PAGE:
Weighing in on the Role of Sukuk in Combating COVID-19

By Greget Kalla Buana

The Coronavirus Disease (COVID-19) has not only caused a serious health crisis, but has also had pressing economic, social, and political ramifications globally. According to the IMF, the economic impact is worse than the 2008 recession. Many countries have incurred higher foreign debt, including Indonesia. The World Bank has estimated that the outbreak will slash the country’s economic growth to 2.1 percent.

Having the largest Muslim population in the world, people in Indonesia pay much attention to the lockdown strategy exemplified during the lifetime of Prophet Muhammad as a hadith says, “If you hear of a plague in a land do not enter it; and if it breaks out in the land where you stay, do not leave.” Some also refer to the Prophetic manners, which is to cover the mouth when yawning and sneezing.

In addition to that, zakat as an Islamic charitable giving whose potential collection up to US$16 billion has been in the spotlight. Zakat, along with other Islamic donations, such as infaq, sadaqah, and waqf are acting as a reliable social safety net in the society. Islam has more than that, including financial stimulus for the battle against the outbreak.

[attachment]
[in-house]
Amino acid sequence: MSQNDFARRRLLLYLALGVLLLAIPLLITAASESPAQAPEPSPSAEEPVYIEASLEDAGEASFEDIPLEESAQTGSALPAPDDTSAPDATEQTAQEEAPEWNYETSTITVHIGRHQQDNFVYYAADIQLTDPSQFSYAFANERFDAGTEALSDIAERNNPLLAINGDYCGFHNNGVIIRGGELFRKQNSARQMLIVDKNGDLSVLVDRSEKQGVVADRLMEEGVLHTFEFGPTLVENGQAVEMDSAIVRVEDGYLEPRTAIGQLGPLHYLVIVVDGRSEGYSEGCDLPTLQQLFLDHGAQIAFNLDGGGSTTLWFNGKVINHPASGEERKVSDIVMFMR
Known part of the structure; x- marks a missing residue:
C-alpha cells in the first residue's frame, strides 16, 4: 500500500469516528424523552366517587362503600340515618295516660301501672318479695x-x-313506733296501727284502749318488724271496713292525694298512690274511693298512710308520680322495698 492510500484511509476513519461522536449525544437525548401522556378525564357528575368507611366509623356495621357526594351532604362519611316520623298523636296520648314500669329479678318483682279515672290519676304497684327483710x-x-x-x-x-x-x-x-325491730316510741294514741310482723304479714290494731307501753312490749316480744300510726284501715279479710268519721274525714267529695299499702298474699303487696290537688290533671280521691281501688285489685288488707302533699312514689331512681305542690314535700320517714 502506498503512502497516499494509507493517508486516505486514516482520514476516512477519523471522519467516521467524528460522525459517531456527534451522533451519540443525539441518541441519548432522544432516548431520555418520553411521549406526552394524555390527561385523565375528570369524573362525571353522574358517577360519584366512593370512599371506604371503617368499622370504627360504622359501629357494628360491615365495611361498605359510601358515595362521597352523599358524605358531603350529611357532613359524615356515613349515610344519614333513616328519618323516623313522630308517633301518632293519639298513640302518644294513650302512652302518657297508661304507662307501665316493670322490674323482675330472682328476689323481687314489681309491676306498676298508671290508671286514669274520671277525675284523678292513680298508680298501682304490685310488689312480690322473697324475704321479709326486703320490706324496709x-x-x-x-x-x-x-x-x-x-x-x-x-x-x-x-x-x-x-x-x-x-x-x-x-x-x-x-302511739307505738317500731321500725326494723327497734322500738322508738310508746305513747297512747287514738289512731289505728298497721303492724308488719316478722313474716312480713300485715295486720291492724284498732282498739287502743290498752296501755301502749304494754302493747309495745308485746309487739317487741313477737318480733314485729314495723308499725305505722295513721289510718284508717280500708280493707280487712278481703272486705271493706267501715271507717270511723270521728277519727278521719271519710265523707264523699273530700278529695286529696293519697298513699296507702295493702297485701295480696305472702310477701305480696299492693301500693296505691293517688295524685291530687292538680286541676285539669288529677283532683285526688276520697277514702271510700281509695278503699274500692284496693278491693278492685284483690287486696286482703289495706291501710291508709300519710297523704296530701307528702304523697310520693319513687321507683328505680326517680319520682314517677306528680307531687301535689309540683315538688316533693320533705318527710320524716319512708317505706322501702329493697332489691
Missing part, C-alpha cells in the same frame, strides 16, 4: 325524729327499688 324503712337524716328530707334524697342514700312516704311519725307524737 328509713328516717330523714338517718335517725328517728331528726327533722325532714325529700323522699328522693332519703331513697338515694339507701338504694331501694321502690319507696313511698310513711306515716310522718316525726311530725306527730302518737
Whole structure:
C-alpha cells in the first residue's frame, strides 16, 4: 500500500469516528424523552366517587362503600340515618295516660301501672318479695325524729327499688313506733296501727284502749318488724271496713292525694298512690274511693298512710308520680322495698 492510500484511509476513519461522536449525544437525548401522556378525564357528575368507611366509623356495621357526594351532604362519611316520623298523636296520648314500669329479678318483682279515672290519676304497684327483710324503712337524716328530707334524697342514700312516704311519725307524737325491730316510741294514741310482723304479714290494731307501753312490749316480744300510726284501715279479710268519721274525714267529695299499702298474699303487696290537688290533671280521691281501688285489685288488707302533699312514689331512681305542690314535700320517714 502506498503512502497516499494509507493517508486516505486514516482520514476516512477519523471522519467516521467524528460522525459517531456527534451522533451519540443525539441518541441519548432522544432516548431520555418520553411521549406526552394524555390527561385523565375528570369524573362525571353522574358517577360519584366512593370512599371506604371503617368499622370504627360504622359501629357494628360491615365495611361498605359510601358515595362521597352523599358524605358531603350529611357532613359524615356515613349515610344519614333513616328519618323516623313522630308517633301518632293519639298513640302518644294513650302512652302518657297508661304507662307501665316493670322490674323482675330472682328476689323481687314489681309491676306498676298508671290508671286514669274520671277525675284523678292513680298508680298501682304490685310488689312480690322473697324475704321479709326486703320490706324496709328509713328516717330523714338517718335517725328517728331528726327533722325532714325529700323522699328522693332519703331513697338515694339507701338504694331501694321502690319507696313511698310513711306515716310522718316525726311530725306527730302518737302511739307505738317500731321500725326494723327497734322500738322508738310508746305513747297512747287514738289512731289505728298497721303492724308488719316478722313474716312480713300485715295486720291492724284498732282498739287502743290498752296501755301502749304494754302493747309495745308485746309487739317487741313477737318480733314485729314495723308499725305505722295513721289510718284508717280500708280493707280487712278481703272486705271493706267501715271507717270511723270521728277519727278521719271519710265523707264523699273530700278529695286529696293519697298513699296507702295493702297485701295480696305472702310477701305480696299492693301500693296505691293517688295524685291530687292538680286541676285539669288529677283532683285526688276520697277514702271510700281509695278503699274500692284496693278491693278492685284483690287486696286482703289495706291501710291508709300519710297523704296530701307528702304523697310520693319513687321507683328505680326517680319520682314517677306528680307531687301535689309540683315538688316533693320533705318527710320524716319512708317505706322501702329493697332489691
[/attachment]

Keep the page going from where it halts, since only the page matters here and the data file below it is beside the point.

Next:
The Government of Indonesia issued US$4.3 billion in bonds to combat the current economic turmoil which may threaten the achievement of the SDGs. The dollar-denominated bonds are part of Government’s plan to complement the fiscal measure. Despite being issued amid the pandemic, the bonds are not pandemic bonds.

Pandemic bonds are a type of catastrophe bonds (CAT bonds) or insurance-linked securities (ILS)—an investment vehicle whose values are driven by insurance loss events issued by insurance company, financial institutions, and governments—to protect against the cost of a pandemic by transferring specified risks from issuer to investors. Investors receive higher coupons in compensation for the risk of losing the principal upon occurrence of qualifying perils, and the issuer receives the money to cover their losses.

CAT bonds have been issued around the world, most notably in Africa (Democratic Republic of Congo, Kenya), Asia (Japan, Philippines), and Latin America (Chile, Colombia, Mexico, Peru), which comprise natural disaster and adverse climatic conditions, such as drought, earthquake, flood, hurricane, tsunami. It bolster the case for Indonesia to issue these bonds considering three major disasters occurred in 2018. Since the ongoing outbreak can be construed as a natural phenomenon, the same approach can be used to issue pandemic bonds.

In 2017, the World Bank launched the first pandemic bonds worth US$500 million scheduled to mature on July 15. Unfortunately, COVID-19 has threatened losses that the bonds would likely pay out. Since the bonds require certain death rate to occur as part of its trigger criteria, they have been criticized as “nonsensical”.